When I started adding some profiles of Macs to my personal web space in April 1997, who would have thought that it would grow into something enduring? We used Macs at work, I had a Mac at home, and I was teaching myself how to make web pages using Claris Home Page. So I put together two dozen Mac profiles from the 1986 Mac Plus to the 1990 Macintosh IIfx, sharing specifications, links to other resources, and my own experience with these models.
At the time I was using a 20 MHz Centris 610 at home, along with an Apple 13″ color display and a 14.4 dial-up modem. That was my second Mac; I had sold my Mac Plus to help pay for it. I was working for a local publishing house, first as a book designed who helped support our 12 Macs on a PhoneNet network, which grew to over 80 Macs by the time I left the company at the start of 2001.
I was a Mac convert. I started out using an Apple II+ at one job, which was way outside of my budget. My first personal computer was a Commodore VIC-20, followed by a Commodore 64, and then my first DOS PC, a Zenith Z-151. I taught myself MS-DOS 3.3 in about two weeks.
When I eventually got a job at the local ComputerLand store, I thought I was home free – everyone loved their silly Macs with mice and graphical interfaces. I would make out like a bandit selling DOS computers! You can guess what happened over time. I started to understand Macs. I began to like Macs. I chose to use Macs for some projects. And then I earned a free Mac Plus in an Apple sales promotion.
The rest, as they say, is history. I became a Mac geek. I swapped my Zenith PC for a SyQuest 44 drive with three cartridges. I upgraded memory in my Mac Plus, added an external floppy drive and then a 40 MB hard drive, and sold Macs hand over fist, just like everyone else at our ComputerLand store.
This is where I got my experience upgrading computers, taking apart a Mac SE to add more RAM and put in a third-party hard drive. Adding video cards to Mac IIs. And then being there to day of the Apple simulcast introducing the first PowerBooks. We closed the store to the public and had an invitation-only event for our customers to watch the video feed and check out the new Macs afterwards.
I received MacWeek at work, and when I was let go (as the store was getting ready to close its doors), I had that subscription directed to my home address. And when I moved to the publishing job, MacWeek followed my there. And when I quit that job to publish Low End Mac full-time, MacWeek followed me home again. I also digested BYTE, Macworld, and MacUser magazines cover-to-cover every month.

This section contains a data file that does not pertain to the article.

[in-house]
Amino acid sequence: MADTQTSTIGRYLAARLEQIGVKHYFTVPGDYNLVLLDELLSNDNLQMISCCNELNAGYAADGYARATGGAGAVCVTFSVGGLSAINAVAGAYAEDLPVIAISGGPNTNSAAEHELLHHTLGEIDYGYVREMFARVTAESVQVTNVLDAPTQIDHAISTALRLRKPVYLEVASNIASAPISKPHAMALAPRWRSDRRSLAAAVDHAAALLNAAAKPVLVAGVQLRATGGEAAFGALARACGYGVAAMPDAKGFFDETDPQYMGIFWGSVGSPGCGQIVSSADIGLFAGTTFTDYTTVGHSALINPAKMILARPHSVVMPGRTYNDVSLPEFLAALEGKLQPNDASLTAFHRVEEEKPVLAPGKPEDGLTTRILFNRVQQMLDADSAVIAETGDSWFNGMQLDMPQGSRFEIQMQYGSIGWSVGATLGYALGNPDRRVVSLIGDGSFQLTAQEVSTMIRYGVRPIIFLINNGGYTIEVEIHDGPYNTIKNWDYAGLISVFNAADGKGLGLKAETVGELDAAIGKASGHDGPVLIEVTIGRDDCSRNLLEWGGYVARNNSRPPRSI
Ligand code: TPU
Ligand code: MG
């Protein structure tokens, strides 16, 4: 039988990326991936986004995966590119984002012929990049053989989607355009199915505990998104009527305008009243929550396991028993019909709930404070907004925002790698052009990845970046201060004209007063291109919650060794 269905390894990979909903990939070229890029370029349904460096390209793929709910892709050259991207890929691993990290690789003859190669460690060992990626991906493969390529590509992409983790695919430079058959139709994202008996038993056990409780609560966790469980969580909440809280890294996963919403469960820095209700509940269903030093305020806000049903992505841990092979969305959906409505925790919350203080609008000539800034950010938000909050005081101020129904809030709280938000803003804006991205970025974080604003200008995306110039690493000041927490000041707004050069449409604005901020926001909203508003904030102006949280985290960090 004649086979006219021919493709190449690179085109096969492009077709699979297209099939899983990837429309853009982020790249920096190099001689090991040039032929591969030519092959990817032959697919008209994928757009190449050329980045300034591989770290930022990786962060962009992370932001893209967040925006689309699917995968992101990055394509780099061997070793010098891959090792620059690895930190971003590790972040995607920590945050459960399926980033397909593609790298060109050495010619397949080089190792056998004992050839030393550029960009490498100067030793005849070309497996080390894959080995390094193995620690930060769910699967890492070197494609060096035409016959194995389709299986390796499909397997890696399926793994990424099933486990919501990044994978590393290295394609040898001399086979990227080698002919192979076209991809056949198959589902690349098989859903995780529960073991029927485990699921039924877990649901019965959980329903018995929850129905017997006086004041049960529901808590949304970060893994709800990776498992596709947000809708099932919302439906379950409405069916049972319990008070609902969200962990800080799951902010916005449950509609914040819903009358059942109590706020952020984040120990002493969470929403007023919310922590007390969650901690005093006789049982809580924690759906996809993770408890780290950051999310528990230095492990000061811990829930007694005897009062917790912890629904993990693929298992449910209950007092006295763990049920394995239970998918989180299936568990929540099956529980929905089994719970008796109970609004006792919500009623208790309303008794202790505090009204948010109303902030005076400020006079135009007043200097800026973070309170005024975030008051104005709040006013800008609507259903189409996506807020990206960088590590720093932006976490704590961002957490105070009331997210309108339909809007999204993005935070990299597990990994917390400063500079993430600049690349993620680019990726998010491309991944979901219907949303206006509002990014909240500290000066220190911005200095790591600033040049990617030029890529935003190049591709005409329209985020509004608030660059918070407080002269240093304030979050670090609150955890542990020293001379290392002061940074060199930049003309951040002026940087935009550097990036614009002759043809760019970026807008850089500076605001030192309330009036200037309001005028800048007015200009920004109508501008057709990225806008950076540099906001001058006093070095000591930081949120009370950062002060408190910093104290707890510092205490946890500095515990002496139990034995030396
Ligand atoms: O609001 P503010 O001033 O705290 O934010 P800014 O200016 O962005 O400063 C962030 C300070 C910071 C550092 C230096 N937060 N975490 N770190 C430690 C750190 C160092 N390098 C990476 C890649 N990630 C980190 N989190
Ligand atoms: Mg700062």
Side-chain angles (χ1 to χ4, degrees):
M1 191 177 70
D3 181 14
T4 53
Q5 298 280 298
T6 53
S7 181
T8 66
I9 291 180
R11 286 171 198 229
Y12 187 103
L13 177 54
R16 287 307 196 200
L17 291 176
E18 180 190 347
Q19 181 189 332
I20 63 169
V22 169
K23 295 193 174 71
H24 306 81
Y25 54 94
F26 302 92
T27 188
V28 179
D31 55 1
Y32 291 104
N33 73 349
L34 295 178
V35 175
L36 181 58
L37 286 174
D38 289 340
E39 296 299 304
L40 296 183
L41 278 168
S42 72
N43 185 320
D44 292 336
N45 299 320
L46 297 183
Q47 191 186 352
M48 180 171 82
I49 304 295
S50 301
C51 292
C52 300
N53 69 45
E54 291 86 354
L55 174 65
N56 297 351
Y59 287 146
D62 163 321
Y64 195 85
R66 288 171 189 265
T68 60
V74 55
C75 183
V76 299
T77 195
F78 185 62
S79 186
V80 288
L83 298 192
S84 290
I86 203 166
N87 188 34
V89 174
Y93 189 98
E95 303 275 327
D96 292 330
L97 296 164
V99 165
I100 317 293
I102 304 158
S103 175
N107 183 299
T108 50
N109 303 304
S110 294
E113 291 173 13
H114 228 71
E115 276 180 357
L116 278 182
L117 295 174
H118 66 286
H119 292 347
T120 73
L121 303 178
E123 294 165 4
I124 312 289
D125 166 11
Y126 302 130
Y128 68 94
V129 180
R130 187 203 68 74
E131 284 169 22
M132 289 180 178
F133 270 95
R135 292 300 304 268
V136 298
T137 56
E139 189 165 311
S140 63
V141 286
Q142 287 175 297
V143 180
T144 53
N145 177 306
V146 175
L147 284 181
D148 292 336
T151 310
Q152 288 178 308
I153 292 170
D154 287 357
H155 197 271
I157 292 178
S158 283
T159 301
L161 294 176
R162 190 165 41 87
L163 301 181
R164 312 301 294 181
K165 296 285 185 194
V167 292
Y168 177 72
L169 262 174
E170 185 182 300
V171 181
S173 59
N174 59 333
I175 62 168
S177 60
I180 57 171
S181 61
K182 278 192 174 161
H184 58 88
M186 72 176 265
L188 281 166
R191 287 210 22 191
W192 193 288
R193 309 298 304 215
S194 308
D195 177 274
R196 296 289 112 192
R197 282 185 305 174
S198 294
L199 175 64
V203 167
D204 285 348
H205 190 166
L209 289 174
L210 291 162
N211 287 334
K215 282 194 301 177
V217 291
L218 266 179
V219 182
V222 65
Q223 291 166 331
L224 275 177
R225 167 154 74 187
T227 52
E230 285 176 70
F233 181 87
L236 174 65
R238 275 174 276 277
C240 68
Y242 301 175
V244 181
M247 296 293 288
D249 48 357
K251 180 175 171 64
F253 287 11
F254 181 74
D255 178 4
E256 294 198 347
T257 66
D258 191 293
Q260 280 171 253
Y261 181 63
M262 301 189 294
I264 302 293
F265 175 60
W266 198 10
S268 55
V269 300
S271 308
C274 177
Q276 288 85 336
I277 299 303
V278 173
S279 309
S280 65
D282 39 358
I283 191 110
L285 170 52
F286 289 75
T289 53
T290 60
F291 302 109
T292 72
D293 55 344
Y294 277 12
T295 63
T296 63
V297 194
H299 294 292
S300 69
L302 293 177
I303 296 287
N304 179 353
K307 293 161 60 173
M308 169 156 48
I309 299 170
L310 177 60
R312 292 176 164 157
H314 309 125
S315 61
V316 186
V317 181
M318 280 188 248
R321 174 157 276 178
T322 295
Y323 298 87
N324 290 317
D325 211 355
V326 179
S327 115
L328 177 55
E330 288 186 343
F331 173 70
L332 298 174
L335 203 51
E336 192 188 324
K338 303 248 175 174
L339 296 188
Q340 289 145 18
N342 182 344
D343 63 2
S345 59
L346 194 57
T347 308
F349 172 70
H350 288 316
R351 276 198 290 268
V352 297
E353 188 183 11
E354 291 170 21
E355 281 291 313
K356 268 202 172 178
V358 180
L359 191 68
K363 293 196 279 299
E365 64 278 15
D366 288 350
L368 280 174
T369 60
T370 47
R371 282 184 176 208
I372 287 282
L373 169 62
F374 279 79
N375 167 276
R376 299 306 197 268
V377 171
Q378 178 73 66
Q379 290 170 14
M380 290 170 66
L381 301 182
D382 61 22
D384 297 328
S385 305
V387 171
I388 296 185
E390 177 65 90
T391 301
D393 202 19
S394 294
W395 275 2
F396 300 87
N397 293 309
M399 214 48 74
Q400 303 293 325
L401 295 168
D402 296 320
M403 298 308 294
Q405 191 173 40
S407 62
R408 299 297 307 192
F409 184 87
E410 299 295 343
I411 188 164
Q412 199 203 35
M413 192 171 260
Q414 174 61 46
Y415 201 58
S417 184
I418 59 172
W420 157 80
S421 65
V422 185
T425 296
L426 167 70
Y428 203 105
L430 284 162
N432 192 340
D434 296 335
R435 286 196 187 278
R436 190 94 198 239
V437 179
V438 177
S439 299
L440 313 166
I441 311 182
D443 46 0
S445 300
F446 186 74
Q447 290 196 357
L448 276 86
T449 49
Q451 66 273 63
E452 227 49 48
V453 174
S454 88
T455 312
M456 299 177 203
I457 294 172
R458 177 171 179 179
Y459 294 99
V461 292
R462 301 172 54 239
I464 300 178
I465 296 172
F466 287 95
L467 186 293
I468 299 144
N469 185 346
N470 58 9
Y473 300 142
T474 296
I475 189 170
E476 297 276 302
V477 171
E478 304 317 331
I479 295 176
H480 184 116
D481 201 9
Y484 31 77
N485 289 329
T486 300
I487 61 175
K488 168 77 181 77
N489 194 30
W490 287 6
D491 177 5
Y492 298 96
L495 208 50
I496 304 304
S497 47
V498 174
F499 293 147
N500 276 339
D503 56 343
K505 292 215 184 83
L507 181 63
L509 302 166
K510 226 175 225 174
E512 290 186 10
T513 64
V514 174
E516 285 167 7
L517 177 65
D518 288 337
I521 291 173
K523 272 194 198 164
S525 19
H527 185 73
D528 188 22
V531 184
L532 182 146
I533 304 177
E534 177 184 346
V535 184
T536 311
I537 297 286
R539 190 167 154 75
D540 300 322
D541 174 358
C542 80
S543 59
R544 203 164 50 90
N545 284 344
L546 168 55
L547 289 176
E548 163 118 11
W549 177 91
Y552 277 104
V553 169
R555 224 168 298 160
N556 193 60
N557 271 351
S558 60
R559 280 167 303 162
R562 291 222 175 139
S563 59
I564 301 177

So when I started The New Low End Mac User, it was because I knew a whole lot about older Macs. I had worked with almost every one of the 24 models initially profiled, except for the Mac IIvi, IIvx, and Performa 600. In face, the company had just sold its oldest Macs that had recently been replaced – a Mac Plus, Mac II, and a few Mac LC and LC II computers. (Guess who bought most of them?)
From humble beginnings, Low End Mac grew. I added profiles for 68040-based Macs. I added profiles of 680×0-based PowerBooks. I added profiles for Power Macs and PowerPC PowerBooks. I started adding editorial content in July 1987. I added some writers in 1999. And it just kept growing.
We’ve had our ups and downs over the years. I picked exactly the wrong time to quit my IT job so I could publish Low End Mac full-time. Little did I know that the dot-com bubble burst would decrease ad rates faster than I could increase the number of pages served. I ended up working part-time in a local camera store and, on a personal note, went through a painful divorce.
Another big drop in ad rates meant that I had to cut back on what I paid my writers. Many of our writers were willing to switch to volunteer status, but Charles W. Moore is a full-time journalist and can’t afford to work for free, so we lost him, which significantly impacted our site traffic. (Moore wrote 1-2 articles per week plus a mailbag column plus our news roundups.)
Over the years, we’ve served somewhere around 175 million pages. We peaked at an average of 1.43 million pages per month in 2007, dropped to an average of 1.03 million pages per month in 2010, 757,000 in 2011, 509,000 in 2012, and 194,000 in 2013. In recent years our average has been around 200,000 pages per month.
Five years ago, we switched from Claris Home Page to WordPress, and since our numbers were so low, ads no longer provided much income. We left a few affiliate links up but got rid of the display ads, going to a donation-based funding model. Nobody gets paid to write for Low End Mac, and what I receive for my work is that Low End Mac pays for the Internet and my iPhone service.
For me, it’s a labor of love. I am now working as a full-time technical writer in a completely different field, and I owe that to a B.A. in English, history, and philosophy plus a lifetime of learning and researching and sharing what I’ve learned with others. Low End Mac has been a huge part of preparing me for working as a technical writer, which I intend to do for the rest of my life.
Whether you’re new to Low End Mac or you’ve been following us for all these years, thank you for supporting our very worthwhile endeavor. We love nothing more than sharing our knowledge and our passion for almost all things Apple.
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